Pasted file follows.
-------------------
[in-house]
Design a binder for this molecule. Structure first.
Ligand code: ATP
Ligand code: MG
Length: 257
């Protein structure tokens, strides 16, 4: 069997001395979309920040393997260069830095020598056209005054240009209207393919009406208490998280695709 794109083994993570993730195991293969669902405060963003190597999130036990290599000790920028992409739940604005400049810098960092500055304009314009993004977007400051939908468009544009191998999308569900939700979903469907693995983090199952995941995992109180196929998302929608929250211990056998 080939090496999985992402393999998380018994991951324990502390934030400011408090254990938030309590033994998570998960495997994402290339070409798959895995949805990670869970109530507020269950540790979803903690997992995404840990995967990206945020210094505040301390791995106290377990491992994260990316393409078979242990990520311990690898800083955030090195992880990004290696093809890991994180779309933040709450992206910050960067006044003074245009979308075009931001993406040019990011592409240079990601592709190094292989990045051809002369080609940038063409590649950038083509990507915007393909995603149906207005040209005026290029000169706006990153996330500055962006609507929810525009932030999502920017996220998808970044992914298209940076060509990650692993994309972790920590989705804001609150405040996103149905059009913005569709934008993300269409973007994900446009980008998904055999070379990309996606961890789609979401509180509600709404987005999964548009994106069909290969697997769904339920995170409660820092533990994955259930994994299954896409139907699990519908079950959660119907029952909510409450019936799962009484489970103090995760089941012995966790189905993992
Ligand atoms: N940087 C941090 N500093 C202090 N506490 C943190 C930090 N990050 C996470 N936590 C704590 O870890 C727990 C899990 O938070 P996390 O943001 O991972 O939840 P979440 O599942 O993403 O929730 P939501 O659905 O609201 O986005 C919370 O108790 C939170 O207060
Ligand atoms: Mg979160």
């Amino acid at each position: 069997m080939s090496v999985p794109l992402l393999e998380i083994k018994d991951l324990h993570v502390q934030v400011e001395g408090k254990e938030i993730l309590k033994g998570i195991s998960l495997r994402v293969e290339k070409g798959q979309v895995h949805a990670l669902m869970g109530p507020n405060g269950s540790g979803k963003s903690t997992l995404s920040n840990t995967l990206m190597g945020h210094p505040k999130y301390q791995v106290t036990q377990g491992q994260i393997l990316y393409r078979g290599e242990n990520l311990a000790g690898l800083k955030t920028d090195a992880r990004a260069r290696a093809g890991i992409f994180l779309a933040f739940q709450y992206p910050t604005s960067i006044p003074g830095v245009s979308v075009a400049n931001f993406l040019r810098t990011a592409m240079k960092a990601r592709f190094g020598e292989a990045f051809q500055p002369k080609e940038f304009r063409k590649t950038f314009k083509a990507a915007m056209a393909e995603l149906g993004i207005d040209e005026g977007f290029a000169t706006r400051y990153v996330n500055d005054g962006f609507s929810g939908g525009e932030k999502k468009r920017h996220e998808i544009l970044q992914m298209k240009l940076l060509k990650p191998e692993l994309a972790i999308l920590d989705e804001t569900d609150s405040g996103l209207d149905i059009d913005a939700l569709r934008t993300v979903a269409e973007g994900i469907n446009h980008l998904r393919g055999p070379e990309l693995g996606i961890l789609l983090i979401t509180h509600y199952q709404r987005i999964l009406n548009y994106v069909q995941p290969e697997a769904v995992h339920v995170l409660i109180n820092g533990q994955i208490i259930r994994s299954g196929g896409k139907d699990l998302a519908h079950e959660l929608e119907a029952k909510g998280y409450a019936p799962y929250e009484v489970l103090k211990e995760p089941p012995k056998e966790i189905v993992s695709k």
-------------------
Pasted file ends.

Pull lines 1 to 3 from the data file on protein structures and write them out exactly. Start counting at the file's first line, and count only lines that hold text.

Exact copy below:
[in-house]
Design a binder for this molecule. Structure first.
Ligand code: ATP